Understanding asthma using the maths of the stock markets
To unpack the wealth of results emerging from a massive seven-year study of several hundred people with severe asthma, researchers in Southampton and Portsmouth are turning to the mathematics of the financial trading markets.
Asthma is a common and disabling problem for many, particularly those with severe persistent disease that prevents them living a normal life. Standard asthma therapies aren’t enough to control symptoms in these individuals and they live in fear of exacerbations that require emergency care and hospitalisation. There is an urgent need to find new treatment approaches that improve disease control and prevent disease exacerbation. To enable the more rapid conduct of trials with potential new treatments it is important to have well characterised patients, as it is recognised that severe asthma may arise from a range of causes and not all individuals are likely to benefit in the same way with specific interventions.
Over the last 7 years researchers at the Southampton Biomedical Research Unit and at Queen Alexandra Hospital in Portsmouth have studied a group of over 300 volunteers who suffered from asthma or who were healthy by asking them to provide a sample of blood and of sputum (phlegm), in the largest study to date of this type. The volunteers breathed in a fine mist of salty water to help them cough up a sample which is invaluable to the researchers who were able to analyse 55 different types of inflammatory cells or molecules in each sample. Put together with a host of information from 57 other measurements in blood tests or from lung function tests and answers to questionnaires, this can provide a challenge to see the wood for the trees.
Stock market traders in the big financial centres have developed mathematical approaches to analyse large datasets made of different sorts of information. By applying their techniques, such as Bayesian Network Analysis and Topological Data Analysis, the research team have been able to identify 6 different types of asthma. More than that, because the study was performed in two separate cities, by comparing the results found in one centre with those in the other they were able to show that their findings were reproducible.
Using these analytical approaches they were able to let the data ‘speak for themselves’ and produce complex networks showing how different aspects of asthma interact to produce the symptoms that patients experience. This approach showed how different aspects of asthma related to each other, unpicking the complex interactions of inflammatory cells in the airways. A striking finding is that patient’s symptoms are often less closely related to these inflammatory pathways that drugs are designed to treat, and more related to other day-to-day parts of our experience such as anxiety and depression, sinus problems and our overall sense of wellbeing.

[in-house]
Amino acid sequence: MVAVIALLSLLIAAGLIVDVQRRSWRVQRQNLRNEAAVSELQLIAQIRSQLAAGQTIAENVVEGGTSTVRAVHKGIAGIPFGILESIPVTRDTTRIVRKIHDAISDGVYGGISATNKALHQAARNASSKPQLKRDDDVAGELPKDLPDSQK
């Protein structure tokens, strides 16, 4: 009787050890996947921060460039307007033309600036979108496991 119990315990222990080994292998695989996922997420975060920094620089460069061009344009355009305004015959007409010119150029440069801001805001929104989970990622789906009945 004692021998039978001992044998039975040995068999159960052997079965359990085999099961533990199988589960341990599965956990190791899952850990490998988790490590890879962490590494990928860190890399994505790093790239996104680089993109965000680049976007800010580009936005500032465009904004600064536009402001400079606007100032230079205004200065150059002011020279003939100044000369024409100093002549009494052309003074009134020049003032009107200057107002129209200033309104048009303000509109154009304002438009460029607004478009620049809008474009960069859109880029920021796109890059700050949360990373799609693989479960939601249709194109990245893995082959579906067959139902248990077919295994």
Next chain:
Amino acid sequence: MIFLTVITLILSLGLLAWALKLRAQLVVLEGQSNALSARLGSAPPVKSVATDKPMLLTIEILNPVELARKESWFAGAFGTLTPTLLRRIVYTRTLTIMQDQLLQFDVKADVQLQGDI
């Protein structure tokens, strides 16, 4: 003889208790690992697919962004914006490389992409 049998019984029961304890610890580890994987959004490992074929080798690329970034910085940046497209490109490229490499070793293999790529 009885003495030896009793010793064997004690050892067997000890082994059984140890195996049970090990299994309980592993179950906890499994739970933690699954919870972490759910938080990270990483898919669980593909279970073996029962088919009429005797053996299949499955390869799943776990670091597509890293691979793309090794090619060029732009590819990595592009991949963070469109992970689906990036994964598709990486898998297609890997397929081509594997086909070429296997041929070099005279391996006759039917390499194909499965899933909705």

Put together, the findings in the first of several publications arising from this massive study show us in detail the existence of different forms of asthma in different people, they highlight different ‘pathways’ which might be targets for future drugs, but also underline the need for a whole-person approach to treating this complex and disabling disease.
The author acknowledges the funding agency the Wellcome Trust and the funders of the research the Medical Research Council.
Dr Timothy SC Hinks
Clinical and Experimental Sciences, University of Southampton Faculty of Medicine,
Sir Henry Wellcome Laboratories, Southampton University Hospital, Southampton, SO16 6YD, UK
NIHR Southampton Respiratory Biomedical Research Unit, Southampton University Hospital, Southampton, SO16 6YD, UK
Peter Doherty Institute, University of Melbourne, Victoria 3000, Australia
Multidimensional endotyping in patients with severe asthma reveals inflammatory heterogeneity in matrix metalloproteinases and chitinase 3-like protein 1
Hinks TS, Brown T, Lau LC, Rupani H, Barber C, Elliott S, Ward JA, Ono J, Ohta S, Izuhara K, Djukanović R, Kurukulaaratchy RJ, Chauhan A, Howarth PH
J Allergy Clin Immunol. 2016 Jan 28